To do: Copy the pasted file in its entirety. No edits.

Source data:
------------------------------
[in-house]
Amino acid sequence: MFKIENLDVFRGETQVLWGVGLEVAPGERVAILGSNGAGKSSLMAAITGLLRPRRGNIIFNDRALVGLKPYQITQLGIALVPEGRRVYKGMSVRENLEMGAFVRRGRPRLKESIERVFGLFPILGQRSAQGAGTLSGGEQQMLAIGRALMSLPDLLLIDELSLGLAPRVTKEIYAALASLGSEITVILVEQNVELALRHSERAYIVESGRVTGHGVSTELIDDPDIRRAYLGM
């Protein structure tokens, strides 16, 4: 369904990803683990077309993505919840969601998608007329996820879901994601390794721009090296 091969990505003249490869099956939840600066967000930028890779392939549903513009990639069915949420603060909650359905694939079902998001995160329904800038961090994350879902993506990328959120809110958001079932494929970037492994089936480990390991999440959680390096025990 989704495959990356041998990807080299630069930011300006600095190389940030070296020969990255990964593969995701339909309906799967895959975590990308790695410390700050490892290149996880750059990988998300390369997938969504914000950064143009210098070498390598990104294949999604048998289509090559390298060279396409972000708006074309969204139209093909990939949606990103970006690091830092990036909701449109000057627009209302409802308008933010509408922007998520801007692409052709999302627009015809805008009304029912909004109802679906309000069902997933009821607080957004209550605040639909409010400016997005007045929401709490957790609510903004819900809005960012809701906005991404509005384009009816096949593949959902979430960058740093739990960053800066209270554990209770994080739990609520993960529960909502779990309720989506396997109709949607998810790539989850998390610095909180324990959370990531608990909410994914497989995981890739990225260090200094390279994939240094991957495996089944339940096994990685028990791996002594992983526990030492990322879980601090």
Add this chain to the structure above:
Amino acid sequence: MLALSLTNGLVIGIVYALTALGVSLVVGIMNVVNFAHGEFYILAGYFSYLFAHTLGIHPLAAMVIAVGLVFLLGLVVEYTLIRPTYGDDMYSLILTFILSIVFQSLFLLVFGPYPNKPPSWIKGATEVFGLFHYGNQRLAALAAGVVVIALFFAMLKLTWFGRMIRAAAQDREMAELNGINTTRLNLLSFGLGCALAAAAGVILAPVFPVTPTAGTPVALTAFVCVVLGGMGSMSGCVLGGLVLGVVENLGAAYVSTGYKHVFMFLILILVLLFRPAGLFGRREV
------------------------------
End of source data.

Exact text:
[in-house]
Amino acid sequence: MFKIENLDVFRGETQVLWGVGLEVAPGERVAILGSNGAGKSSLMAAITGLLRPRRGNIIFNDRALVGLKPYQITQLGIALVPEGRRVYKGMSVRENLEMGAFVRRGRPRLKESIERVFGLFPILGQRSAQGAGTLSGGEQQMLAIGRALMSLPDLLLIDELSLGLAPRVTKEIYAALASLGSEITVILVEQNVELALRHSERAYIVESGRVTGHGVSTELIDDPDIRRAYLGM
């Protein structure tokens, strides 16, 4: 369904990803683990077309993505919840969601998608007329996820879901994601390794721009090296 091969990505003249490869099956939840600066967000930028890779392939549903513009990639069915949420603060909650359905694939079902998001995160329904800038961090994350879902993506990328959120809110958001079932494929970037492994089936480990390991999440959680390096025990 989704495959990356041998990807080299630069930011300006600095190389940030070296020969990255990964593969995701339909309906799967895959975590990308790695410390700050490892290149996880750059990988998300390369997938969504914000950064143009210098070498390598990104294949999604048998289509090559390298060279396409972000708006074309969204139209093909990939949606990103970006690091830092990036909701449109000057627009209302409802308008933010509408922007998520801007692409052709999302627009015809805008009304029912909004109802679906309000069902997933009821607080957004209550605040639909409010400016997005007045929401709490957790609510903004819900809005960012809701906005991404509005384009009816096949593949959902979430960058740093739990960053800066209270554990209770994080739990609520993960529960909502779990309720989506396997109709949607998810790539989850998390610095909180324990959370990531608990909410994914497989995981890739990225260090200094390279994939240094991957495996089944339940096994990685028990791996002594992983526990030492990322879980601090």
Add this chain to the structure above:
Amino acid sequence: MLALSLTNGLVIGIVYALTALGVSLVVGIMNVVNFAHGEFYILAGYFSYLFAHTLGIHPLAAMVIAVGLVFLLGLVVEYTLIRPTYGDDMYSLILTFILSIVFQSLFLLVFGPYPNKPPSWIKGATEVFGLFHYGNQRLAALAAGVVVIALFFAMLKLTWFGRMIRAAAQDREMAELNGINTTRLNLLSFGLGCALAAAAGVILAPVFPVTPTAGTPVALTAFVCVVLGGMGSMSGCVLGGLVLGVVENLGAAYVSTGYKHVFMFLILILVLLFRPAGLFGRREV